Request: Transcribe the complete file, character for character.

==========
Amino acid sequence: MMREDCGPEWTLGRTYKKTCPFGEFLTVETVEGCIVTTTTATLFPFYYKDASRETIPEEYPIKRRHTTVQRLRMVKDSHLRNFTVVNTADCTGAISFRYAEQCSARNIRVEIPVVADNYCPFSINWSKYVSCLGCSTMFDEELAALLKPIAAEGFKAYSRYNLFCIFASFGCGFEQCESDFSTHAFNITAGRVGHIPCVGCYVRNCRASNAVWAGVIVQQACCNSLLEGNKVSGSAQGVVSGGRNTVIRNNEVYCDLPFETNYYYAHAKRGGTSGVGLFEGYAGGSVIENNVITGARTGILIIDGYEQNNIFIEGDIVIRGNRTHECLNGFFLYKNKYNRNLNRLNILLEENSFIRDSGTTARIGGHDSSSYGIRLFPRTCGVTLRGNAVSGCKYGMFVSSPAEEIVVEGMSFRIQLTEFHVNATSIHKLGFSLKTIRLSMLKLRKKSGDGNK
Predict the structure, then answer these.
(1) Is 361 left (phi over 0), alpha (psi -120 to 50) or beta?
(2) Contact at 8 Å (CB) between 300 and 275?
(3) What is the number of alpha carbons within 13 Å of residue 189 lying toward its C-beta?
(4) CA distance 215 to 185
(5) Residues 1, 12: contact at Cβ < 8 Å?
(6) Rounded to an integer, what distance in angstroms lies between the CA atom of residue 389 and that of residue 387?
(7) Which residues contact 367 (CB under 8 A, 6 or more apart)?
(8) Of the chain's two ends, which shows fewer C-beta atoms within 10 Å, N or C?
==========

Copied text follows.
Amino acid sequence: MMREDCGPEWTLGRTYKKTCPFGEFLTVETVEGCIVTTTTATLFPFYYKDASRETIPEEYPIKRRHTTVQRLRMVKDSHLRNFTVVNTADCTGAISFRYAEQCSARNIRVEIPVVADNYCPFSINWSKYVSCLGCSTMFDEELAALLKPIAAEGFKAYSRYNLFCIFASFGCGFEQCESDFSTHAFNITAGRVGHIPCVGCYVRNCRASNAVWAGVIVQQACCNSLLEGNKVSGSAQGVVSGGRNTVIRNNEVYCDLPFETNYYYAHAKRGGTSGVGLFEGYAGGSVIENNVITGARTGILIIDGYEQNNIFIEGDIVIRGNRTHECLNGFFLYKNKYNRNLNRLNILLEENSFIRDSGTTARIGGHDSSSYGIRLFPRTCGVTLRGNAVSGCKYGMFVSSPAEEIVVEGMSFRIQLTEFHVNATSIHKLGFSLKTIRLSMLKLRKKSGDGNK
Predict the structure, then answer these.
(1) Is 361 left (phi over 0), alpha (psi -120 to 50) or beta?
(2) Contact at 8 Å (CB) between 300 and 275?
(3) What is the number of alpha carbons within 13 Å of residue 189 lying toward its C-beta?
(4) CA distance 215 to 185
(5) Residues 1, 12: contact at Cβ < 8 Å?
(6) Rounded to an integer, what distance in angstroms lies between the CA atom of residue 389 and that of residue 387?
(7) Which residues contact 367 (CB under 8 A, 6 or more apart)?
(8) Of the chain's two ends, which shows fewer C-beta atoms within 10 Å, N or C?